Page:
HOME::Career & Employment

Top 7 Tips To Thrive In An Unpredictable Workplace

By Vincent Muli Wa Kituku

[ Print | Email This | Bookmark ]

The 1990s were filled with unprecedented downsizing, organizational restructuring, massive mergers, layoffs and so many businesses selling out. 2000 ended with news of economic slowdown as eventually affirmed by consumer reluctance in spending over the holidays. Then Montgomery Ward announced it was throwing in the towel after more than one century in business. Thus, 28,000 people will need to find new jobs.

And 2001 is not being left behind; Office Depot is closing some stores. The technology industry dances to the drumbeat of Wall Street and international and domestic competitors in addition to consumer confidence in the economy. Thus, there is tons of insecurity.

There are some life lessons in the way animals survive and thrive in their unpredictable jungle that can teach us to "survive and thrive" in our own jungle -- our workplace.

In the jungle, life is just like that -- uncertain. Both carnivores and their prey are faced with the challenge. The challenge is running either for food or from being food.

To capture the picture of life in the jungle, read what the wise have said. "Every morning in Africa, a gazelle wakes up. It knows it must run faster than the fastest lion or it will die. Every morning in Africa, a lion wakes up. It knows it must run faster than the slowest gazelle or it will starve to death. It doesn't matter whether you are a lion or a gazelle; when the sun comes up, you'd better be running."

What can we learn from both the lion and the gazelle to survive and thrive and grow in our profession, spiritual pursuits or in our relationships?

Here are the Top 7 Tips To Thrive In An Unpredictable Workplace:

  1. Identify the nature of your "jungle." What is happening in your industry, now and tomorrow? What professional and personal attributes do you want to improve as you strive to attain new heights? What are the opportunities within your immediate reach and the ones you can explore with time?

  2. Don't run aimlessly. Gazelles run from carnivores. Treat anything that limits you from living up to your potential as a "carnivore." You can run from poverty, mediocre performance, inability to build and maintain relationships with God and fellow human beings by developing a purpose to live. A lion identifies a target, positions itself and then the running begins. What is your target in your professional endeavors? What is your target in your spiritual pursuits? What kind of relationship do you think is good for you at home and in your community?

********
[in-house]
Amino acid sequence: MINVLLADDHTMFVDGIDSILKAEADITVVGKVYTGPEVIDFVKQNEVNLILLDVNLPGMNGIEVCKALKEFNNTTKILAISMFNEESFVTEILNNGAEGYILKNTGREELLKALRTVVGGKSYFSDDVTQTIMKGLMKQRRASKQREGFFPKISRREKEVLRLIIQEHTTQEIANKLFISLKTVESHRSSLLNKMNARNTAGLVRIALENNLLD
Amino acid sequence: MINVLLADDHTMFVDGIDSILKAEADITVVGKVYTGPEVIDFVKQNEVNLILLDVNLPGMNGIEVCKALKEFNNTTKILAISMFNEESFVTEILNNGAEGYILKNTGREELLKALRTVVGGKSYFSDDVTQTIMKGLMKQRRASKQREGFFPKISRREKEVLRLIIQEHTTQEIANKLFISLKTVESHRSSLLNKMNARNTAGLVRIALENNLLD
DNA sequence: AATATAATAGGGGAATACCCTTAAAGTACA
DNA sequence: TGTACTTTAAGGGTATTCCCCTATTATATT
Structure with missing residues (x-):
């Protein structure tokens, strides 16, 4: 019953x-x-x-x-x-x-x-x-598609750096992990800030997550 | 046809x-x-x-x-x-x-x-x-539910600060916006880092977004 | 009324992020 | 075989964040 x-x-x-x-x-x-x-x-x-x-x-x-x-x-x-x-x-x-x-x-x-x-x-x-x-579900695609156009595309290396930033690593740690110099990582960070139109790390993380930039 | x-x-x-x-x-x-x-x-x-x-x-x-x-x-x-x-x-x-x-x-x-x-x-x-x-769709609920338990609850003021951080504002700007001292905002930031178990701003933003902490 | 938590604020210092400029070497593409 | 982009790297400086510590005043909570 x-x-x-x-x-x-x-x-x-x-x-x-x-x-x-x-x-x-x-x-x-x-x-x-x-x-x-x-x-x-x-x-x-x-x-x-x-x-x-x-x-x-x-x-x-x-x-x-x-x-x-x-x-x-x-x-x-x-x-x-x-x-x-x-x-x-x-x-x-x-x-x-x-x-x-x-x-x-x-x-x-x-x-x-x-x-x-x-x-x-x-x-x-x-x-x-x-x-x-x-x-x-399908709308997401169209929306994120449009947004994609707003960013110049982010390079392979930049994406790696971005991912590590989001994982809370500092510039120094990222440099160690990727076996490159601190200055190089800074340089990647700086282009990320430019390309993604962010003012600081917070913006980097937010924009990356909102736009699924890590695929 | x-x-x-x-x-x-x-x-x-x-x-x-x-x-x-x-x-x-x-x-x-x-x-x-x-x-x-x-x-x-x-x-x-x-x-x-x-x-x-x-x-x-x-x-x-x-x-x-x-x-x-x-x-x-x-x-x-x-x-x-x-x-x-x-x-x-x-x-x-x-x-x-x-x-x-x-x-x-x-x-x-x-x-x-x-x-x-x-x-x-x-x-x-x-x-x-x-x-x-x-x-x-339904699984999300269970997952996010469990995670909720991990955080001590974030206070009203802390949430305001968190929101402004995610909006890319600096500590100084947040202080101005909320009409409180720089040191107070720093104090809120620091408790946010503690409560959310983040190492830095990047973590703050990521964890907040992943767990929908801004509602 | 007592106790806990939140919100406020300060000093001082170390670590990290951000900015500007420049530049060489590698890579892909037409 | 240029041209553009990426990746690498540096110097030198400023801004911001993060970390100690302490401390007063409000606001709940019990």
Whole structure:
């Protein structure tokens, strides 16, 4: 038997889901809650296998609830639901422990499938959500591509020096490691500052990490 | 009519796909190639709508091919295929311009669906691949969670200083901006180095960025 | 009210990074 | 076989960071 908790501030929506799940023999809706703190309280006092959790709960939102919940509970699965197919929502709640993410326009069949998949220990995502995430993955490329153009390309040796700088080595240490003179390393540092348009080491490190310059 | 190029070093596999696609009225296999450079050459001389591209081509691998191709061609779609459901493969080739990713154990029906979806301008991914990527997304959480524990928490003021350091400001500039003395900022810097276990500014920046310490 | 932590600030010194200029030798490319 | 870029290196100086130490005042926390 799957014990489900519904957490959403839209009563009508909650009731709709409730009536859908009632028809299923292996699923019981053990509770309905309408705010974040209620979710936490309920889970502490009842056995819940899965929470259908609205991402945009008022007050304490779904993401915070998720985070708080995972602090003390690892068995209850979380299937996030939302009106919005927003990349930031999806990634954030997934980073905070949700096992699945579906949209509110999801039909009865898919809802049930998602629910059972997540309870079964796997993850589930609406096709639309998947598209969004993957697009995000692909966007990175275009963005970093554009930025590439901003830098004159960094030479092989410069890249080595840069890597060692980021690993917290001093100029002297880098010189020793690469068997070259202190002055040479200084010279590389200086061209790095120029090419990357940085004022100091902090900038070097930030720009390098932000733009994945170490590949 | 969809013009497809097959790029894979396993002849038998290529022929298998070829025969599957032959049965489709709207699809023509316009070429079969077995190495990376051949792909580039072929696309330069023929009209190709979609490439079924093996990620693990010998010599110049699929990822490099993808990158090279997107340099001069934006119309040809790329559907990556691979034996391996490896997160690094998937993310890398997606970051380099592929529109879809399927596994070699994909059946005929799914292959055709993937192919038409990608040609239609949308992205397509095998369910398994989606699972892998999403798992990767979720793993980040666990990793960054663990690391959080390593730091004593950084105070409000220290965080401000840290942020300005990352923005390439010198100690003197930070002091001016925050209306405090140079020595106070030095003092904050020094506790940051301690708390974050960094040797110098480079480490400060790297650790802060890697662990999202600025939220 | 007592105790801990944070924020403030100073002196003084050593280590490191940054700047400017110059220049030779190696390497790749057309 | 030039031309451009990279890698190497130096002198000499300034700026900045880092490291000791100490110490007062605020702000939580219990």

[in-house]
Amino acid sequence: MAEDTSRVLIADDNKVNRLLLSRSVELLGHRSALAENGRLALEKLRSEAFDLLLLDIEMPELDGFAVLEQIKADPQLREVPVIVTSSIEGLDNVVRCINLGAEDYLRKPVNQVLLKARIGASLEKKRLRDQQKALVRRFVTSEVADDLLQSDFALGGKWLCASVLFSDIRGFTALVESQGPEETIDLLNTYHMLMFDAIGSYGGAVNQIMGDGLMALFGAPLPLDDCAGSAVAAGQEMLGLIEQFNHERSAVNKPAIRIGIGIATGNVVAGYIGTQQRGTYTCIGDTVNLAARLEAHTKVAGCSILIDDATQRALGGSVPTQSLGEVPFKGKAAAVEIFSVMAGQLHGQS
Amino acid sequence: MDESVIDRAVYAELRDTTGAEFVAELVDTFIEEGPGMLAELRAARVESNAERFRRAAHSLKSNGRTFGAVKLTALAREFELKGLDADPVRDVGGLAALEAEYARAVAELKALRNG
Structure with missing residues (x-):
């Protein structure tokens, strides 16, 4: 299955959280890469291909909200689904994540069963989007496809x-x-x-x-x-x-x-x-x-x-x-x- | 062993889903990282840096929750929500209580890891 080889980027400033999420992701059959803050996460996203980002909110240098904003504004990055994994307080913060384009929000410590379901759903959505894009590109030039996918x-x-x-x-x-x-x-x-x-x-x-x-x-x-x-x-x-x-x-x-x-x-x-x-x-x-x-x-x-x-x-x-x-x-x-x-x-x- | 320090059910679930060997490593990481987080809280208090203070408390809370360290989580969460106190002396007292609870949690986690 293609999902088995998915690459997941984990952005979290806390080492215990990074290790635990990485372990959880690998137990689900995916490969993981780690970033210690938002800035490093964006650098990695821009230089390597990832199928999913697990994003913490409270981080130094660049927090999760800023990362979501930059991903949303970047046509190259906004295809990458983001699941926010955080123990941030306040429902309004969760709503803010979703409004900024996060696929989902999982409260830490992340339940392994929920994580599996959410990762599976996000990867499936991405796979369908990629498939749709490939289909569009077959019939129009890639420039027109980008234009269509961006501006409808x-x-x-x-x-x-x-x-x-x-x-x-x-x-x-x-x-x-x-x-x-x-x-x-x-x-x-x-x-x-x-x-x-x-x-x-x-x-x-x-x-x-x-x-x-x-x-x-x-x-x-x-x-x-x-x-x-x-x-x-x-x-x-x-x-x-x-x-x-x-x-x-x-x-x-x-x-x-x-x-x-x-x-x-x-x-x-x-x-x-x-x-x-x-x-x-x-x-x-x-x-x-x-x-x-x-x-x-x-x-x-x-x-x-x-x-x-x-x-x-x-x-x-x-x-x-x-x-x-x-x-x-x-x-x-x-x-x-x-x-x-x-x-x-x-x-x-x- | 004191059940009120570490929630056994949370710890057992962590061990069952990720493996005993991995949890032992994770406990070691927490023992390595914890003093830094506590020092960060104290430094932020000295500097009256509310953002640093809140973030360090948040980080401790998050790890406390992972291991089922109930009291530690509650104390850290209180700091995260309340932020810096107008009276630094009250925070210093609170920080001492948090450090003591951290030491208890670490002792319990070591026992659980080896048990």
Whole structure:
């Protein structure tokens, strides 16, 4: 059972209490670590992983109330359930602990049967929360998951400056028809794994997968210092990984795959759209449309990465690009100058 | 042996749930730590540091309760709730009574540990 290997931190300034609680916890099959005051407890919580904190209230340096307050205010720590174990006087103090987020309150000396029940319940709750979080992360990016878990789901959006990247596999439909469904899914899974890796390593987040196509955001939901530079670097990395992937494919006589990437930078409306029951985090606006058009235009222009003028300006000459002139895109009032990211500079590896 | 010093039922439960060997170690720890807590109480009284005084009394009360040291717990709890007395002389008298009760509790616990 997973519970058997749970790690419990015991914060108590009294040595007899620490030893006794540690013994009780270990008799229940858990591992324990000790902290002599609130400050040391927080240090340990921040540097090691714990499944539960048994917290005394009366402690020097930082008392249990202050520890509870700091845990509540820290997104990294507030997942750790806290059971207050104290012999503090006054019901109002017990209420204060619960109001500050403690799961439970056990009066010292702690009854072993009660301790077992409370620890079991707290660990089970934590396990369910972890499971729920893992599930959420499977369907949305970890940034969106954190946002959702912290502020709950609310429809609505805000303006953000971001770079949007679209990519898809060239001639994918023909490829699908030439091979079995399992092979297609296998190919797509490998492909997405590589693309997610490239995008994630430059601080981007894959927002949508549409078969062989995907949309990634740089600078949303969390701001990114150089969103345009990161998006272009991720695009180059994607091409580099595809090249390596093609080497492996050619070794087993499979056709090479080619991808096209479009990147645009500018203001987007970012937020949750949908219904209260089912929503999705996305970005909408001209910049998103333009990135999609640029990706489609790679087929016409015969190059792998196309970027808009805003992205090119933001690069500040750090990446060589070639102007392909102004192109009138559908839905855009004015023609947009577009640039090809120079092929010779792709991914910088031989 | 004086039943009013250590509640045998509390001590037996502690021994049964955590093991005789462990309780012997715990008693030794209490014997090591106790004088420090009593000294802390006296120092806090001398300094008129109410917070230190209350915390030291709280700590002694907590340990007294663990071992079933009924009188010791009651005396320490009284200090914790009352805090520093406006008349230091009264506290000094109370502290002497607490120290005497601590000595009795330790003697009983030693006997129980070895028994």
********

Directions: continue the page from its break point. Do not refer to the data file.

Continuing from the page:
3. Concentration. Imagine what would happen to a gazelle that is running from a lion but engages in other activities not related to surviving - or a lion that may decide to run after every available gazelle? Lions are known for tactful hunting. A lion focuses on one target and nothing else. It applies the law of discrimination against anything which is not of relevant importance as it runs after its goal.

  4. Determination. As they run for food or from being food, animals have to overcome obstacles -- bad terrain, thorny bushes. Determination is what keeps them from being a victim -- food for a lion or a starving lion. Personal fulfillment in life bears a deep meaning when we remember the obstacles we have to overcome through our determination.

  5. Never give up. A lion may change course or target, but never gives up. No one will ever know you had a goal to achieve if you give up. You may adjust your strategies or the nature of your goal -- but never give up.

  6. Association. Jungle animals survive together. Lions hunt together, sometimes in packs of four or five to bring down a water buffalo. In our jungle we have to have associates we can work with or depend on.

  7. Know when you are safe. Either from your predator if you
    are a gazelle, or with your meal if you are a lion. This is directly related to having a specific goal. A gazelle cannot run for the whole day; it has to know when it is safe and then use its time grazing, feeding a baby or socializing. Same with a lion - when it has its kill, that's success. How will you know when you have achieved your goal?


    • What do you do when you are not "running?" Hone your skills, abilities and knowledge. In today's jungle, learning-to-learn is an asset. Learn to expand and integrate your knowledge, learn communication skills, thinking, reasoning skills and interpersonal skills.

    • Remember the words of Dr. Benjamin Mays, "It must be borne in mind that the tragedy of life doesn't lie in not reaching your goal. The tragedy of life lies in not having a goal to reach for. It isn't a calamity to die with dreams unfulfilled, but it is a calamity not to dream. It is not a disaster to be unable to capture your ideal. It is a disaster to have no ideal to capture. It is not a disgrace not to reach your stars, but it is a disgrace to have no stars to reach for."

Dr. Vincent Muli Wa Kituku, a native of Kenya, is one of the most sought-after Motivational Speaker/Storytellers and Seminar Leaders. He has risen to prominence by delivering authentic, informative, captivating and high-energy messages which tell people how to "spear social buffaloes" and live up to their greatness. Vincent offers individuals and organizations the "spears" of overcoming and thriving beyond their "buffaloes." He also is an Author, Columnist, active Adjunct Professor, Founder and Principal Consultant of Kituku & Associates (specializing in Customized Keynotes and Workshops) Boise, ID 83707 (208) 939-7216 email http://WWW.Kituku.Com

Source: https://Top7Business.com/?expert=Vincent_Muli_Wa_Kituku

Article Submitted On: January 19, 2001